“Panem and circenses” (bread and circuses) is the deliberate strategy of gaining the heart and the attention of people by the continuous offering of entertainment. Back in the ancient Rome, the emperor Commodus soon realised that the only way to keep his subjects under control wasn’t long and tedious speeches but rather the uninterrupted flow of gladiators, free food, chariot races and many more decadent activities. What Commodus didn’t expect was that two millennials later advertisers would use the same technics to persuade and conquer consumers’ minds.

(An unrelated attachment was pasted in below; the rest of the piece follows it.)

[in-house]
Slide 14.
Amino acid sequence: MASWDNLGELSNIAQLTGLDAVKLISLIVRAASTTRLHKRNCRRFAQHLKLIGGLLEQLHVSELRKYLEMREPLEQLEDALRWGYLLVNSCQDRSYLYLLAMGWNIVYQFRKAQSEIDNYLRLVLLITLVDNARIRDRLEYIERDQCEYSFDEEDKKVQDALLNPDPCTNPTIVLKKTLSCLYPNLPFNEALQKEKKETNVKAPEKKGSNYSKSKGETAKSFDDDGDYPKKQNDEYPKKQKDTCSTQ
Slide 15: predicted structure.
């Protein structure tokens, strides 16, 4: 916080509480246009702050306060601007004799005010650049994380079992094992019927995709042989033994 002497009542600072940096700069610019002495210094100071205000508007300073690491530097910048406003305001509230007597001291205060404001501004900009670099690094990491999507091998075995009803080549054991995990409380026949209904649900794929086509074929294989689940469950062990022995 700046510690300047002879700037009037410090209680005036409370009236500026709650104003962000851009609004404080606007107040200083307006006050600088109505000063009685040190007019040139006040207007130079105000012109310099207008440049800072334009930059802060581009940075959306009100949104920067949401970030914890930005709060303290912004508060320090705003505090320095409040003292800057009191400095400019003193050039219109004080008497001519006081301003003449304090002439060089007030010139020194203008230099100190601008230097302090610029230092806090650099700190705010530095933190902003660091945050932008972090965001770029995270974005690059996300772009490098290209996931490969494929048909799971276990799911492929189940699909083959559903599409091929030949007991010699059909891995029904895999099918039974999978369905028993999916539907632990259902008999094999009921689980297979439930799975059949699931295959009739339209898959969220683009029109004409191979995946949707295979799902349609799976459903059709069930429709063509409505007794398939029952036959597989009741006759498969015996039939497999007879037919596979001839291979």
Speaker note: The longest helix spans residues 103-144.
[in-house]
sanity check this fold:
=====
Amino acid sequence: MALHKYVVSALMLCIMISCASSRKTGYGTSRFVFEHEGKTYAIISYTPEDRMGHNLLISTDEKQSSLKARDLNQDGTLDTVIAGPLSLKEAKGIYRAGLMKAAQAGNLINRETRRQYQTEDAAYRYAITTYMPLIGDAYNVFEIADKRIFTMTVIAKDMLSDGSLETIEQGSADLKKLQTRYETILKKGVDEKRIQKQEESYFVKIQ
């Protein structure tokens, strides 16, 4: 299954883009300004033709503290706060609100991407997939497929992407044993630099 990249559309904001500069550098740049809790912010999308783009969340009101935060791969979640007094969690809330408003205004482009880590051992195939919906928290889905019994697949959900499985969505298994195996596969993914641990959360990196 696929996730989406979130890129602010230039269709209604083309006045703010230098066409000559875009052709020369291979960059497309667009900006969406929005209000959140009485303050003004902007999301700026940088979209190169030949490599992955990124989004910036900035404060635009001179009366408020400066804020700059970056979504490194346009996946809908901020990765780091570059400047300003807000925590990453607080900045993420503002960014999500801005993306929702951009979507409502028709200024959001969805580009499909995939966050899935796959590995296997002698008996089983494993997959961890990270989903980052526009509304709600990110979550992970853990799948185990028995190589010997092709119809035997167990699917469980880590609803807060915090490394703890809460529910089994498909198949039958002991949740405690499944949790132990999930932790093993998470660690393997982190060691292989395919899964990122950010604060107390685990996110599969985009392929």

Coming back to the present days it seems that we have unfortunately neglected this modus operandi leading to most of the discredit and disbelief towards advertising. Information as it sole isn’t sufficient to capture attention and neither does entertainment; hence, successful communications need to find the sweet spot between the two. Throughout the years we have developed a defence mechanism protecting ourselves from advertising clutter. We now perceive ads as an intrusion, a waste of time where solely listing the benefits of your product – as good as they might be – won’t do the job anymore. A great example illustrating the importance of effectively combining entertainment and information is the 2013 Virgin America Safety Video. The challenge was to have passengers pay attention to the pre-flight safety video. The airline twisted the conventional demonstration by adding song and dance grabbing passengers’ attention and communicating the relevant information “just in case we must evacuate”. As said Howard Gossage an iconic adman from the 1950s, “No one reads ads. People read what interest them.”